When Pennsylvania first legislated routes in 1911, what would become PA 291 was not legislated as part of any route.[7] PA 291 was first designated by 1928 to run from PA 420 in Prospect Park east to PA 191 along an unpaved road.[8] By 1930, PA 291 was extended west to US 13 in Eddystone, following PA 420 south for a short concurrency before continuing west along its current alignment. The extended alignment of PA 291 was a paved road.[9] By 1940, PA 291 was realigned to run from US 13 in Trainer east to PA 420 near Essington. The former alignment east of PA 420 became an unnumbered road.[10]

PA 291 eastbound in Ridley Township

PA 291 was extended northeast to PA 191 (80th Street) in Philadelphia by 1950, following the newly-built Industrial Highway in Tinicum Township before heading along Essington Avenue.[11] In the 1950s, PA 291 was extended northeast to US 611 at Philadelphia City Hall in Center City Philadelphia, following Penrose Avenue, Moyamensing Avenue, and Broad Street to Center City Philadelphia. This section replaced the PA 191 designation along Penrose Avenue, Moyamensing Avenue, and Broad Street.[12] In the 1970s, the Airport Circle was removed.[13]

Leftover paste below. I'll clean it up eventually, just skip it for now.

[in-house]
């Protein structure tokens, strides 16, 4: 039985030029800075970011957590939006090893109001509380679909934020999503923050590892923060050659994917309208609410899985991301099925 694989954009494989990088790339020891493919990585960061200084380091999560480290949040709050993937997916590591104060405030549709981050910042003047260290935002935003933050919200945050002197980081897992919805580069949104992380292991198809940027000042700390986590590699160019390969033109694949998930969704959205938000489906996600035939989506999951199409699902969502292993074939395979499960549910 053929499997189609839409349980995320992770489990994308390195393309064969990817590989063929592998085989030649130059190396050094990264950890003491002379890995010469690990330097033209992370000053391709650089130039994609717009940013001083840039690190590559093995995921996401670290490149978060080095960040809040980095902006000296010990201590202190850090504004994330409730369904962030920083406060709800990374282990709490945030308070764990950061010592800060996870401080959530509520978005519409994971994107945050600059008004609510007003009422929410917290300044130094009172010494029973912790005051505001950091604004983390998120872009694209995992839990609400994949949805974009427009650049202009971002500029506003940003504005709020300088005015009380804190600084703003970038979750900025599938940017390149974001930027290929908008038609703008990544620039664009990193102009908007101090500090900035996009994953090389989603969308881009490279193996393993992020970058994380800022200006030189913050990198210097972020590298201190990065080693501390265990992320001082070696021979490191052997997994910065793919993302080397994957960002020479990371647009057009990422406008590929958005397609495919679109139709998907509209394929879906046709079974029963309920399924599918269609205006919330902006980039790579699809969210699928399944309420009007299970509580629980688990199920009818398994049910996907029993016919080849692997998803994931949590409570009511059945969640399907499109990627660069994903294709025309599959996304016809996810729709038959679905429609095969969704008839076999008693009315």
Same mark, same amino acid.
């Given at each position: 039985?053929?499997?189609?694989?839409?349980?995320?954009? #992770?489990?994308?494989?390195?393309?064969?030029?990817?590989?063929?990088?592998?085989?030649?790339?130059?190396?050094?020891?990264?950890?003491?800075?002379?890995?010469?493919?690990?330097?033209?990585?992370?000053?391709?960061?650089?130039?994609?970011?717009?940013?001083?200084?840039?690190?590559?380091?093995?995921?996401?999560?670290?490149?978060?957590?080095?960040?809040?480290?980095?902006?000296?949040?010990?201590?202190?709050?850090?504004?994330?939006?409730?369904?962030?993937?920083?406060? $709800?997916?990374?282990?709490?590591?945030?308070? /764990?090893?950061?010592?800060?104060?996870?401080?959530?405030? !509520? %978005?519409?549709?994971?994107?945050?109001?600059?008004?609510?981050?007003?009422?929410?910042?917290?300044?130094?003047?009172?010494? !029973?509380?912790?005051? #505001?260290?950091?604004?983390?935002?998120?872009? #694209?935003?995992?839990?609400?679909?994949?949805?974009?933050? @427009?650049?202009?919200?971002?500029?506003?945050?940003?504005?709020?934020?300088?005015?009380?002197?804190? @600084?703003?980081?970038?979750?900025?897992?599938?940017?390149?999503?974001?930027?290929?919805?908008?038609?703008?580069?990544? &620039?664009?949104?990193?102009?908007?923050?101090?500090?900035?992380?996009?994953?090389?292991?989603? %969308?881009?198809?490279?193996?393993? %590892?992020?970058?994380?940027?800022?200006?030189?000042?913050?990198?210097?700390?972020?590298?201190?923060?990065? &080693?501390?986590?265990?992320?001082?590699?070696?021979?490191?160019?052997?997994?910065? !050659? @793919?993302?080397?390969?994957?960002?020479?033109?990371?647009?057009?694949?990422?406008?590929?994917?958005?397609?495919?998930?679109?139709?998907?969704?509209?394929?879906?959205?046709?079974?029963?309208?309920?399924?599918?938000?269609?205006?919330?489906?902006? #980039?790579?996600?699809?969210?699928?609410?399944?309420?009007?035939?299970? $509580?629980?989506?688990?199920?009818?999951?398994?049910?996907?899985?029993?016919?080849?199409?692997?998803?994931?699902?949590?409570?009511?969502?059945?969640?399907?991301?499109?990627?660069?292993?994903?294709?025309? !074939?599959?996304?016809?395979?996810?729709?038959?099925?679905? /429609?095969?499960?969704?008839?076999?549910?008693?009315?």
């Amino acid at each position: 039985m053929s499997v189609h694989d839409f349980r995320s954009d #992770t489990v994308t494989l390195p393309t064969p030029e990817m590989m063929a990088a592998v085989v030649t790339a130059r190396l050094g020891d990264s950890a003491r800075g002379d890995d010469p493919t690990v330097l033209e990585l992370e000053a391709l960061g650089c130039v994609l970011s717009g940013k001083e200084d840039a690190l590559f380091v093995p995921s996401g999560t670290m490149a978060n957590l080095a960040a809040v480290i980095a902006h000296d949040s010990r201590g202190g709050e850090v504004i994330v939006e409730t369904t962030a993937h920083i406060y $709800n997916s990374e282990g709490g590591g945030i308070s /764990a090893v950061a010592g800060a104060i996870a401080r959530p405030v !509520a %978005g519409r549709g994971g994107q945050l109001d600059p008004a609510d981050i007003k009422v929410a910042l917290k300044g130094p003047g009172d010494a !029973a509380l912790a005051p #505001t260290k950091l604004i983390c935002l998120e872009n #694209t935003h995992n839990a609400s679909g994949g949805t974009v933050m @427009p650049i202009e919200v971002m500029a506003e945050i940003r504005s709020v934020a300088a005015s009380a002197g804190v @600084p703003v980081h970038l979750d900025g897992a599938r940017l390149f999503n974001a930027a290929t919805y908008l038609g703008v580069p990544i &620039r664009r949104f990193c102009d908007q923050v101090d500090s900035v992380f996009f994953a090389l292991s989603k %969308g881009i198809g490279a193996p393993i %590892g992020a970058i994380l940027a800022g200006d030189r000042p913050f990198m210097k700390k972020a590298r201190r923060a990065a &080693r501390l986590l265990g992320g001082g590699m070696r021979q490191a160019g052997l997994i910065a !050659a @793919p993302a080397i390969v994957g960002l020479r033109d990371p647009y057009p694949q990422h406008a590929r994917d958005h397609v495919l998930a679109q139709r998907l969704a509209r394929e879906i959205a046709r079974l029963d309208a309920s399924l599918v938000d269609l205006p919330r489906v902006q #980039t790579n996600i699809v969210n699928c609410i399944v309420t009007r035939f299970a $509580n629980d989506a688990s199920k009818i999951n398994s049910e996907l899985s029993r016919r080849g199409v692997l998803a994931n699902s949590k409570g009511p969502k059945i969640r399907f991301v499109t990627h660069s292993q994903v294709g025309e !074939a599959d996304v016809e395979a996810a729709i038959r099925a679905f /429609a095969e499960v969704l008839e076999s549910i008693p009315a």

In 1950, the Philadelphia City Planning Commission proposed a PA 291 freeway along Penrose Avenue between the Delaware Expressway (I-95) near the Philadelphia International Airport and the Schuylkill Expressway (I-76) in South Philadelphia. The freeway was to split into two alignments leading to I-76: one following South 26th Street to connect to westbound I-76 and the other following Penrose Avenue to connect to eastbound I-76.[14] Plans for the PA 291 freeway were dropped in the 1970s because the Pennsylvania Department of Transportation halted a number of road projects due to funding issues.[15]

US 13 northbound/PA 291 eastbound in Chester

The eastern terminus of PA 291 was cut back from PA 3 and PA 611 at Philadelphia City Hall to I-76 by 1989. The former portion of PA 291 along Broad Street was replaced by an extended PA 611.[16] In 1999, PA 291 was realigned in Chester to a new five-lane alignment that connected 2nd Street and 4th Street to improve travel for trucks and attempt to revitalize Chester. Construction of the new alignment took two years.[17] Before this, PA 291 continued east along 2nd Street and turned north on Crosby Street to reach 4th Street.[18] Expansion of the road to five lanes through the remainder of Chester was slated to be complete in 2001.[17] In 2005, a bill was introduced into the Pennsylvania General Assembly designating the portion of PA 291 through Chester as the Rosa Parks Memorial Highway in honor of civil rights activist Rosa Parks; this bill was signed into law by Governor Ed Rendell on October 27, 2006.[19][20]